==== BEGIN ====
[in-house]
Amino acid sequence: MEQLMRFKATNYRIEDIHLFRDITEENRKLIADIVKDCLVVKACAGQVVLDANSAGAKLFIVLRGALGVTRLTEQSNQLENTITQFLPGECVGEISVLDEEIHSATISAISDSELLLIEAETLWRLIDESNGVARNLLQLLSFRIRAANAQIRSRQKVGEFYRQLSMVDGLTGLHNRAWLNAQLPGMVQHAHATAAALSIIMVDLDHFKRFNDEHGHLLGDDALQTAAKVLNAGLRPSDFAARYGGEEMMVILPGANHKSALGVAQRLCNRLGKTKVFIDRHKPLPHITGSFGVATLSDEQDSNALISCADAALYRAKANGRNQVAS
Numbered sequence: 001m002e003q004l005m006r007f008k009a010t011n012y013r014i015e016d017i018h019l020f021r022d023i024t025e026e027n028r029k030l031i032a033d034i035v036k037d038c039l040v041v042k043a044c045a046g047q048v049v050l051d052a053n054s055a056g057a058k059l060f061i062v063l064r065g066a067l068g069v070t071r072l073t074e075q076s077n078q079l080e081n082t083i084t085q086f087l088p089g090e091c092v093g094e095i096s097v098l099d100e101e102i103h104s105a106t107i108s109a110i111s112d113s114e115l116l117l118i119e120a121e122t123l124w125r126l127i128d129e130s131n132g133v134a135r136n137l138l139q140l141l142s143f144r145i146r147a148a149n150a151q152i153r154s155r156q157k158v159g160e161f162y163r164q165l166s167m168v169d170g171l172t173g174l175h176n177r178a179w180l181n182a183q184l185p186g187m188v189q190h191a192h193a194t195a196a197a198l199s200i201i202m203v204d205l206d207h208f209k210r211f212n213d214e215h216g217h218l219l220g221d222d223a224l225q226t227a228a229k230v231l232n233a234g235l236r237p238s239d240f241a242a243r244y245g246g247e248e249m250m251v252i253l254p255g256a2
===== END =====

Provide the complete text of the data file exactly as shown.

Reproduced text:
[in-house]
Amino acid sequence: MEQLMRFKATNYRIEDIHLFRDITEENRKLIADIVKDCLVVKACAGQVVLDANSAGAKLFIVLRGALGVTRLTEQSNQLENTITQFLPGECVGEISVLDEEIHSATISAISDSELLLIEAETLWRLIDESNGVARNLLQLLSFRIRAANAQIRSRQKVGEFYRQLSMVDGLTGLHNRAWLNAQLPGMVQHAHATAAALSIIMVDLDHFKRFNDEHGHLLGDDALQTAAKVLNAGLRPSDFAARYGGEEMMVILPGANHKSALGVAQRLCNRLGKTKVFIDRHKPLPHITGSFGVATLSDEQDSNALISCADAALYRAKANGRNQVAS
Numbered sequence: 001m002e003q004l005m006r007f008k009a010t011n012y013r014i015e016d017i018h019l020f021r022d023i024t025e026e027n028r029k030l031i032a033d034i035v036k037d038c039l040v041v042k043a044c045a046g047q048v049v050l051d052a053n054s055a056g057a058k059l060f061i062v063l064r065g066a067l068g069v070t071r072l073t074e075q076s077n078q079l080e081n082t083i084t085q086f087l088p089g090e091c092v093g094e095i096s097v098l099d100e101e102i103h104s105a106t107i108s109a110i111s112d113s114e115l116l117l118i119e120a121e122t123l124w125r126l127i128d129e130s131n132g133v134a135r136n137l138l139q140l141l142s143f144r145i146r147a148a149n150a151q152i153r154s155r156q157k158v159g160e161f162y163r164q165l166s167m168v169d170g171l172t173g174l175h176n177r178a179w180l181n182a183q184l185p186g187m188v189q190h191a192h193a194t195a196a197a198l199s200i201i202m203v204d205l206d207h208f209k210r211f212n213d214e215h216g217h218l219l220g221d222d223a224l225q226t227a228a229k230v231l232n233a234g235l236r237p238s239d240f241a242a243r244y245g246g247e248e249m250m251v252i253l254p255g256a2